Nevada GCB Heads to Macau for Gaming Regulator Summit

Fact-finding jaunt to China deemed "a complete success"

by , Jan 21, 2013 | 10:00 am

Macau CasinoNevada’s three Gaming Control Board members traveled to Macau [last] week in an effort to re-establish the relationship with their regulatory counterparts in the world’s largest gambling market.

Control Board Chairman A.G. Burnett characterized the trip as a “fact-finding’ mission and called the series of meetings, including talks with law enforcement officials in Hong Kong, “a complete success.”

He said the relationship between Nevada regulators and Macau’s Gaming Inspection and Coordination Bureau – often referred to at the DICJ – had not been very strong in recent years.

“We’ve established a good rapport with the DICJ and will lead to a good era of cooperation and discussions amongst the two agencies,” Burnett said late Thursday. “We were well-received and, as with all things in Asia, these relationships take time to nurture.”

The visit to Macau marked the first time all three members of the Gaming Control Board – the state’s full-time regulatory panel – had traveled together to the gaming market.

The trip also involved meetings with law enforcement officials in Hong Kong and came at a time when the U.S. Department of Justice has launched investigations into Wynn Resorts Ltd. and Las Vegas Sands Corp. over possible violations of the Foreign Corrupt Practices Act.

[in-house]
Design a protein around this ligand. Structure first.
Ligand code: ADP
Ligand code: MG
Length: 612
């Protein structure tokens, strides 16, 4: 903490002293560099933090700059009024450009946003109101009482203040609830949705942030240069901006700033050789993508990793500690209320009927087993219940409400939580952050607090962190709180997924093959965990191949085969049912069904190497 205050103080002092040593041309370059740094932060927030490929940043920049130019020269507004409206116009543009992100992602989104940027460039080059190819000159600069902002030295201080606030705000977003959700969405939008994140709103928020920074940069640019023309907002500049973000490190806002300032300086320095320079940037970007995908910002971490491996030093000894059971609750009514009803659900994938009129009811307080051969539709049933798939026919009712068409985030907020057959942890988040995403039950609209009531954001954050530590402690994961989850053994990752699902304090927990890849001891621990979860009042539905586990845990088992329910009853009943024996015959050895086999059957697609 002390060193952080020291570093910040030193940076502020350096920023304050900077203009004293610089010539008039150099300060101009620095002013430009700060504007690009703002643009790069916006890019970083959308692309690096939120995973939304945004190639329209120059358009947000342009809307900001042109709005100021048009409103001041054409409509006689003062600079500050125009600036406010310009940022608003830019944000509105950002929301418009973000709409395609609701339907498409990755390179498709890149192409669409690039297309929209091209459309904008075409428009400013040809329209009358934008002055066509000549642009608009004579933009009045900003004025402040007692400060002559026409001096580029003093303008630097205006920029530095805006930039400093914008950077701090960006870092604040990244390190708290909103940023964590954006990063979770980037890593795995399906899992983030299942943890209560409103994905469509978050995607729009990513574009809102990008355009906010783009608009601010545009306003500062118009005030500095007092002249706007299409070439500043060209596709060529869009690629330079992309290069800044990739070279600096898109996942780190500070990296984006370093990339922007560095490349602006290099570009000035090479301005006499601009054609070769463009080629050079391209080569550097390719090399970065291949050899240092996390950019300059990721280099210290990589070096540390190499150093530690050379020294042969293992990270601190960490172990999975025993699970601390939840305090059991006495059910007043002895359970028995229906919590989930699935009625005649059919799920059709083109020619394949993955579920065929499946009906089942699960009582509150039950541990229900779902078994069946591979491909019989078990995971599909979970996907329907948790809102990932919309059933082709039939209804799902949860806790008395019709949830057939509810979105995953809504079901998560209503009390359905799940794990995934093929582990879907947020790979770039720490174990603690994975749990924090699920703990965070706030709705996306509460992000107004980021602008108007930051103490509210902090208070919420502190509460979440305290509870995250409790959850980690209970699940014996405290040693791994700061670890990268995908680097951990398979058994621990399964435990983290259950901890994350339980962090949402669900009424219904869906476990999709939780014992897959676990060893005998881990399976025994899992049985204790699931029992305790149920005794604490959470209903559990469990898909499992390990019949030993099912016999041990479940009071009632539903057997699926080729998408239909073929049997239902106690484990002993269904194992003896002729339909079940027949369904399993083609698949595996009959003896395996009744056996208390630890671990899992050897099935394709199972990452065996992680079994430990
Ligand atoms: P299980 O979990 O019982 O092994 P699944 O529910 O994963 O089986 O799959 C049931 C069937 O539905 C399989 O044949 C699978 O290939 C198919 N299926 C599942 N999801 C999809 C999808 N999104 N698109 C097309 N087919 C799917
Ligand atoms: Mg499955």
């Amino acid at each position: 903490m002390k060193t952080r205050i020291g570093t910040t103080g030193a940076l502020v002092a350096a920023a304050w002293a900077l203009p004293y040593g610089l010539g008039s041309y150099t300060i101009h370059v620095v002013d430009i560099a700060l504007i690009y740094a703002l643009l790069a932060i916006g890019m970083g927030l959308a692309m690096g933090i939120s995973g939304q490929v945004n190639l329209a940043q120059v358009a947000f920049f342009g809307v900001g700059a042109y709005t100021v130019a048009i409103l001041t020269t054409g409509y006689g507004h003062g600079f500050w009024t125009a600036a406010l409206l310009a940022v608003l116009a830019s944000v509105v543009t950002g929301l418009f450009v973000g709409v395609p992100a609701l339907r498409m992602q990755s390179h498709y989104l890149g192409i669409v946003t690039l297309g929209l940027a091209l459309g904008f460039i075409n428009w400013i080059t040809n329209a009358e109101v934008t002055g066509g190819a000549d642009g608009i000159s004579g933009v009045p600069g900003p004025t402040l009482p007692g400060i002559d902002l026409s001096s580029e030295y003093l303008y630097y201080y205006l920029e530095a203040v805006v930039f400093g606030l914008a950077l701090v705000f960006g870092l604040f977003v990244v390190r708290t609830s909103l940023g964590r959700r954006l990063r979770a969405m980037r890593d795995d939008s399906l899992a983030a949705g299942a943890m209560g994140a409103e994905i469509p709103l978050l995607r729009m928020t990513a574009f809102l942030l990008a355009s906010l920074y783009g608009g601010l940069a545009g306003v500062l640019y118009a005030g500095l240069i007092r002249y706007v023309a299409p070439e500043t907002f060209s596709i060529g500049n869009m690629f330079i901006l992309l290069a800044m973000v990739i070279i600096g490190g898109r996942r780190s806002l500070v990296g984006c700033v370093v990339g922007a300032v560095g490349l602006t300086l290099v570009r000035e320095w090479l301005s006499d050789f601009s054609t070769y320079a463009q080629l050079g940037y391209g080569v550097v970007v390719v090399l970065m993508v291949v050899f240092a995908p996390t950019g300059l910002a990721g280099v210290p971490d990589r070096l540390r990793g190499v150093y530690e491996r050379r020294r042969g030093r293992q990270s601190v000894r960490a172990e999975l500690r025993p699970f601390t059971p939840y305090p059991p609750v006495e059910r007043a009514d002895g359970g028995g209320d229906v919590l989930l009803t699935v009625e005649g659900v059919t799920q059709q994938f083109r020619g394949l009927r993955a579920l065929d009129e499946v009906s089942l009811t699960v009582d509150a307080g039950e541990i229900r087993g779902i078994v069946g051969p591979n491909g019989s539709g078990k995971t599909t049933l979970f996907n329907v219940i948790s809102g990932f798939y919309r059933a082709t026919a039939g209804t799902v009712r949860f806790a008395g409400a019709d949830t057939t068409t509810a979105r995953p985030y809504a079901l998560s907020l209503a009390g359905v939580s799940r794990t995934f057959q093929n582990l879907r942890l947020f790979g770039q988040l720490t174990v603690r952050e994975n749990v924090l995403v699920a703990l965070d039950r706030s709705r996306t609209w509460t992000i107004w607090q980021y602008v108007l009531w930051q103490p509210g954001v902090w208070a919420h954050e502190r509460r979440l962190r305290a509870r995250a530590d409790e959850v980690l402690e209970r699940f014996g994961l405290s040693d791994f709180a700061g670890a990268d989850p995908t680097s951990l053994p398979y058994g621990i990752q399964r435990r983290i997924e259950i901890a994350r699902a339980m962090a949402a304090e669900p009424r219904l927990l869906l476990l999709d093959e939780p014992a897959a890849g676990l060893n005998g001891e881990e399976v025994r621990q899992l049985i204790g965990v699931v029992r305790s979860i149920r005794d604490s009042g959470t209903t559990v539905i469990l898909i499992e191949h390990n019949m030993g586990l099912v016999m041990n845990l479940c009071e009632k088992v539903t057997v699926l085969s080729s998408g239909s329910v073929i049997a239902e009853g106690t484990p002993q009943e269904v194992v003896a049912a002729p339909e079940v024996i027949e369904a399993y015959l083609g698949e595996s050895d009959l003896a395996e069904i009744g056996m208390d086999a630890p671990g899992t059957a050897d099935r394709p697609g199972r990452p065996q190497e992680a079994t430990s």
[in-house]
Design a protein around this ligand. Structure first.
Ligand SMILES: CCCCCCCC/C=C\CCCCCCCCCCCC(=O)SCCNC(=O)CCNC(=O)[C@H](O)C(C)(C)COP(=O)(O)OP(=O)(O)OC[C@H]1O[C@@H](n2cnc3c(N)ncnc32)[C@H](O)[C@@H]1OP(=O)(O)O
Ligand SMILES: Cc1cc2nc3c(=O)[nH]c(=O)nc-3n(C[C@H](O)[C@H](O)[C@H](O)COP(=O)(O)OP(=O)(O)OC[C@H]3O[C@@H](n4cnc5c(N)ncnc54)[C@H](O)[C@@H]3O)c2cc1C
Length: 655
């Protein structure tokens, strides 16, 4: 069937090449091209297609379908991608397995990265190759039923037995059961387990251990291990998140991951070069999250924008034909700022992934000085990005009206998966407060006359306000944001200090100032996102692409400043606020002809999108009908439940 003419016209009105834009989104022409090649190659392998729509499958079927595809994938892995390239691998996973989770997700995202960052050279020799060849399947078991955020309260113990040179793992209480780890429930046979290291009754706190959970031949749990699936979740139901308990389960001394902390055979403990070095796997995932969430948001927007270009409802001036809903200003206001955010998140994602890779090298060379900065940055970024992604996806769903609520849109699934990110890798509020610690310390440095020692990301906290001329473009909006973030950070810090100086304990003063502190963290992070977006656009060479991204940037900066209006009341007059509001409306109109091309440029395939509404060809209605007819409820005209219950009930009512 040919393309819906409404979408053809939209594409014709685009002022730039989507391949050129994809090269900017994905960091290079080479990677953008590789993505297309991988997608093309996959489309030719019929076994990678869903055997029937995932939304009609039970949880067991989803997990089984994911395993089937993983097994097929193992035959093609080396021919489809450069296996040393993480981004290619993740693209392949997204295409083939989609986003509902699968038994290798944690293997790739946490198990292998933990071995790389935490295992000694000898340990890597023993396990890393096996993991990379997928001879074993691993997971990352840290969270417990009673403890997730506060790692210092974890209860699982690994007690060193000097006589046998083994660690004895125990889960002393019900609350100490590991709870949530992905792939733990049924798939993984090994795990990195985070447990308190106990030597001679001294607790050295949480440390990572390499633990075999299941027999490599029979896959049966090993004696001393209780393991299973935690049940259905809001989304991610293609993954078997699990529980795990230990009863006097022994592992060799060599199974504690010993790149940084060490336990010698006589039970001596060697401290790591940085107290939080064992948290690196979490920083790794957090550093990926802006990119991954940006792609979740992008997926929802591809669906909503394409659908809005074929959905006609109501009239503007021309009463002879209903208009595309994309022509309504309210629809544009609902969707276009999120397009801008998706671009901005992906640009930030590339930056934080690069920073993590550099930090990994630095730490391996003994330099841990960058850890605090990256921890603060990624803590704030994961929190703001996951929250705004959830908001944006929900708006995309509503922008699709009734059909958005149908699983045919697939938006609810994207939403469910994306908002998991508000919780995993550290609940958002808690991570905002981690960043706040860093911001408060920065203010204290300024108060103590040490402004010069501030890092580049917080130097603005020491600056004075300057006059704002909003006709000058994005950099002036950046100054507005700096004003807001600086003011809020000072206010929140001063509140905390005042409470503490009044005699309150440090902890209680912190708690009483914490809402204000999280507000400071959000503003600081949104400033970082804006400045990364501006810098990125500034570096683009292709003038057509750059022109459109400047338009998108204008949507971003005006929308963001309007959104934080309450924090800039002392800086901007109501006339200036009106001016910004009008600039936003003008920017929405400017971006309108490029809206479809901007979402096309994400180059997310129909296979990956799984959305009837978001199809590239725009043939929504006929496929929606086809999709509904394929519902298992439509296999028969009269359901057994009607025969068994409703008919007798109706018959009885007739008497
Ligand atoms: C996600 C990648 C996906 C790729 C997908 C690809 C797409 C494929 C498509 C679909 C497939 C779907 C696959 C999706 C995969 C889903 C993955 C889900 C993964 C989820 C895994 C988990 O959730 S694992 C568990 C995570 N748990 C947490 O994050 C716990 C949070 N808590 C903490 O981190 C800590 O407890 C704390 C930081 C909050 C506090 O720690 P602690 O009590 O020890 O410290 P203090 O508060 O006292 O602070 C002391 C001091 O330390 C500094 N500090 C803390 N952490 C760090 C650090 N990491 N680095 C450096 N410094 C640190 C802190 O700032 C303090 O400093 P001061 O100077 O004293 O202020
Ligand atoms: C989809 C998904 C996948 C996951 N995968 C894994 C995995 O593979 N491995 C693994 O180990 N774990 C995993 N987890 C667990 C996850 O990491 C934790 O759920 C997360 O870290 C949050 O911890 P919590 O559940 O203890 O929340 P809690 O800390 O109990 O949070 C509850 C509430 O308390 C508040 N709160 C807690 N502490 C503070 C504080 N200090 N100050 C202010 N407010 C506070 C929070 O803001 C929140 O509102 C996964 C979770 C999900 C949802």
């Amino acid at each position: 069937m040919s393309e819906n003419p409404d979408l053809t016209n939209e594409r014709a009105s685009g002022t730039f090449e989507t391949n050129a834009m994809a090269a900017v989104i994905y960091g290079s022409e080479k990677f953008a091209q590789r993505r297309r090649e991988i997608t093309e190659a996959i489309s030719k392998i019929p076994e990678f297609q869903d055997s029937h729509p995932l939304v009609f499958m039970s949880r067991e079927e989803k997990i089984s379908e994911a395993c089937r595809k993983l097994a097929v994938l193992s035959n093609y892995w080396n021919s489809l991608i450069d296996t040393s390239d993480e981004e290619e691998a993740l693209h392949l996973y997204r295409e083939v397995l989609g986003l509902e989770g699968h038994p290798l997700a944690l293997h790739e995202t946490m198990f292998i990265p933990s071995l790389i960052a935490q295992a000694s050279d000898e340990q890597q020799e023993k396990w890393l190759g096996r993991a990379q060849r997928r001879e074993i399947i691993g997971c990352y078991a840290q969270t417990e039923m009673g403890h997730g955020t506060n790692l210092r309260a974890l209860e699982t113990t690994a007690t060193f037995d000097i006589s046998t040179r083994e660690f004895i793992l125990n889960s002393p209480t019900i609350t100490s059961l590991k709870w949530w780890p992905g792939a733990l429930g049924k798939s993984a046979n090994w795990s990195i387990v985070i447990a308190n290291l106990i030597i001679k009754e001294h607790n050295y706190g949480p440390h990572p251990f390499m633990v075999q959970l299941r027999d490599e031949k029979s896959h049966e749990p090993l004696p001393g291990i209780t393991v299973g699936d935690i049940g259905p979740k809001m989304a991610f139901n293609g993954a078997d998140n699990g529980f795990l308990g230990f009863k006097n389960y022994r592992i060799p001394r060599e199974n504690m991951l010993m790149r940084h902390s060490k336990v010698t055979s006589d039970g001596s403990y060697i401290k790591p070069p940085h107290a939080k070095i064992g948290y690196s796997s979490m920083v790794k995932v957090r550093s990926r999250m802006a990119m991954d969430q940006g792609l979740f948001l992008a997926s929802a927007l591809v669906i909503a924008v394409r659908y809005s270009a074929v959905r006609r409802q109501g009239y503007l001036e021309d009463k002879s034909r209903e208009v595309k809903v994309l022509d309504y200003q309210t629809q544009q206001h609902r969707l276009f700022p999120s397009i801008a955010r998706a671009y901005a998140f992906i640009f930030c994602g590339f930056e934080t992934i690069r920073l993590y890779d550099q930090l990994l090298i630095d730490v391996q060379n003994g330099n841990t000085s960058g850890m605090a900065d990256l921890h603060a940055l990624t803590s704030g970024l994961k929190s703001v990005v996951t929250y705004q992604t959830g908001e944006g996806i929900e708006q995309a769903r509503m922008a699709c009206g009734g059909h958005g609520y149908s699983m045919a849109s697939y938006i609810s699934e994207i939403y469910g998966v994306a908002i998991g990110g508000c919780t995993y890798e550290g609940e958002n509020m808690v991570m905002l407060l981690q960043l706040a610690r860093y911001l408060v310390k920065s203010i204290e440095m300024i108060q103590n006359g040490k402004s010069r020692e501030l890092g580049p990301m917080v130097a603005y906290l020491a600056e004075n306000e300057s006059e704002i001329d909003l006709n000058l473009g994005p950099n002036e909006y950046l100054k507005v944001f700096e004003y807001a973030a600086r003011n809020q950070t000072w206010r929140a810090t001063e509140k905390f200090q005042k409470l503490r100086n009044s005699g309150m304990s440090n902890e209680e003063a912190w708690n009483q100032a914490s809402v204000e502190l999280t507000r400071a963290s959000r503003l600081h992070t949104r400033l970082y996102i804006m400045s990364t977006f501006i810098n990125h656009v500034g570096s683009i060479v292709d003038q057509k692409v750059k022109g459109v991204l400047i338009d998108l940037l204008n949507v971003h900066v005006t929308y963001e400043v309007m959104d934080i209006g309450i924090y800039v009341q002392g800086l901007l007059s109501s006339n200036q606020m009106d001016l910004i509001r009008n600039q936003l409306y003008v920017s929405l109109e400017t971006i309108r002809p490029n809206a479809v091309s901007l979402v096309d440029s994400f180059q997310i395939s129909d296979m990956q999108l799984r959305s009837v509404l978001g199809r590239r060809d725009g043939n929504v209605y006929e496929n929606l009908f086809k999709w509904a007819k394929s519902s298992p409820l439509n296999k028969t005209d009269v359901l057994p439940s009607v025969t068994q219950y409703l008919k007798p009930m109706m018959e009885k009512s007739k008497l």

Burnett said the trip to Hong Kong “was for fact-finding and to understand how the region regulates the gaming industry.”

Wynn, Las Vegas Sands and MGM Resorts International have invested billions of dollars of resort development into Macau’s casino industry since 2002, a market that produced a record $38 billion in gaming revenues in 2012.

All three companies are in the various stages of expanding their gaming presence in Macau. Both Wynn and MGM Resorts have been approved to develop multibillion dollar hotel-casinos on Macau’s Cotai Strip while Las Vegas Sands is completing the next phase of its $4.4 billion Sands Cotai Central complex.

Nevada’s slot machine industry is also heavily invested in Macau.

Burnett said he met privately with Manuel Joaquim das Neves, director of the DICJ.

“I think these meetings will be beneficial to both agencies,” Burnett said.

Burnett visited Macau on several occasions during his tenure as assistant chief of corporate securities at the control board.

The trip was the first visit to the region for control board member Shawn Reid and recently appointed board member Terry Johnson.

“I thought it was a great opportunity for the other two board members to see Macau, ask their own questions of operators, and form their own opinions as to what they think about it,” Burnett said.

Contact reporter Howard Stutz at hstutz@reviewjournal.com or 702-477-3871. Follow @howardstutz on Twitter.
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